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Do you need a permit to shoot and kill a red fox and a ground hog?

post #1 of 24
Thread Starter 
Lately I've been having issues with a ground hog and a fox that live near my coop. I've tried things to keep them away, such as shutting the chickens up earlier and letting them out later but they've just been coming earlier. So far they've killed seven chickens and four ducks. I actually never thought a ground hog would get them until I saw him out there trying to get in the pen. I don't want to have to shoot them, but I don't see any other way. Would I need to get a permit to shoot them? I don't know anything about permits and I tried researching but I can't find any direct answers so I'm hoping someone here could help me.
post #2 of 24

No way to know unless we know what state you are in. Wildlife regulations vary dramatically from state to state.

You can call your state Dept. of Conservation or go to their website. It will have seasons on all animals. In most of the country, groundhogs aren't closely regulated.

Foxes are considered furbearers and have special regulations but in most states, one is allowed to protect livestock.

That doesn't apply to birds of prey.

 

Groundhogs are primarily herbivores and may eat snails, grubs and insects but I can't imagine one would kill chickens.


Edited by ChickenCanoe - 4/10/17 at 11:24am

NPIP 43-813

“Travel is fatal to prejudice, bigotry, and narrow-mindedness, and many of our people need it sorely on these accounts.

Broad, wholesome, charitable views of men and things cannot be acquired by vegetating in one little corner of the earth all one's lifetime.”                  Mark Twain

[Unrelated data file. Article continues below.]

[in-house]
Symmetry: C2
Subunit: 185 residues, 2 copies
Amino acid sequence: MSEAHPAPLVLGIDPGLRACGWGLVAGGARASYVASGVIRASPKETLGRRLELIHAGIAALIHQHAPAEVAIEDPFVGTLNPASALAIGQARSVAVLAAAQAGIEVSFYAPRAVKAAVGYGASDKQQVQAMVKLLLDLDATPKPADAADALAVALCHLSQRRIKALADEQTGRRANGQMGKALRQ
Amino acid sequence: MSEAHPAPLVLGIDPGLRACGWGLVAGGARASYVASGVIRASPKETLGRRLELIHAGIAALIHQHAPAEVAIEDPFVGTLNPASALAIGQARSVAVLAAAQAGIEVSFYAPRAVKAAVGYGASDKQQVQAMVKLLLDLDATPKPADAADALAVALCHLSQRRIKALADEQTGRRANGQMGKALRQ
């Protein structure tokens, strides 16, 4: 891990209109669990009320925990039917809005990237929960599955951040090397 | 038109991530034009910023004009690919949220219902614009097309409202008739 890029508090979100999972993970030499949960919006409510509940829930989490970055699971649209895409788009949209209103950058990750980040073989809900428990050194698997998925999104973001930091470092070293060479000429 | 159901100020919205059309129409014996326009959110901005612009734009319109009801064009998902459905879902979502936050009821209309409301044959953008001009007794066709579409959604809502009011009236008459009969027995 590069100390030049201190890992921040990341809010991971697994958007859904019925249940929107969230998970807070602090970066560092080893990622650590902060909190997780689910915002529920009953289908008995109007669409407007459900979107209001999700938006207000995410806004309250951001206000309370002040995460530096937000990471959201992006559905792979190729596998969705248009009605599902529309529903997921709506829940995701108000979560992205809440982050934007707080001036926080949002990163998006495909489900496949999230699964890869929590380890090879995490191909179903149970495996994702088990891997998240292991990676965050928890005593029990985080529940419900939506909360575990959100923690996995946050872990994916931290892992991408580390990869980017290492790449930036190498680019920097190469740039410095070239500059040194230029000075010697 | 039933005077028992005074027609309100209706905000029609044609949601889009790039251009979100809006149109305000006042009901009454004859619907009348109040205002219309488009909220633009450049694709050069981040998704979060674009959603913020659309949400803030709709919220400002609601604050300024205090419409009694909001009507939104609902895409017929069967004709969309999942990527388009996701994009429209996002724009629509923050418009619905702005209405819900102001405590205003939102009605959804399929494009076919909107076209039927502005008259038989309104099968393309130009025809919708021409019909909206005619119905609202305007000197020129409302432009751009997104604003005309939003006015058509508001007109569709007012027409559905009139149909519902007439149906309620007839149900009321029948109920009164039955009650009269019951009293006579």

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NPIP 43-813

“Travel is fatal to prejudice, bigotry, and narrow-mindedness, and many of our people need it sorely on these accounts.

Broad, wholesome, charitable views of men and things cannot be acquired by vegetating in one little corner of the earth all one's lifetime.”                  Mark Twain

Reply
post #3 of 24
Thread Starter 
I live in Pennsylvania. What would be the website? Thanks
post #4 of 24

NPIP 43-813

“Travel is fatal to prejudice, bigotry, and narrow-mindedness, and many of our people need it sorely on these accounts.

Broad, wholesome, charitable views of men and things cannot be acquired by vegetating in one little corner of the earth all one's lifetime.”                  Mark Twain

Reply

NPIP 43-813

“Travel is fatal to prejudice, bigotry, and narrow-mindedness, and many of our people need it sorely on these accounts.

Broad, wholesome, charitable views of men and things cannot be acquired by vegetating in one little corner of the earth all one's lifetime.”                  Mark Twain

Reply
post #5 of 24

Google it or call your local game warden. 

Chickens off and on for 25+ years and still learning.

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Chickens off and on for 25+ years and still learning.

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post #6 of 24
post #7 of 24

If I'm watching a predator attacking my birds, and I have the ability to stop it, I go into the mode where I figure it's easier to get forgiveness than permission. But even if you did shoot those guys, there are more just like them to take their place. What you want is an electric fence to keep your predators at a safe distance away from the birds.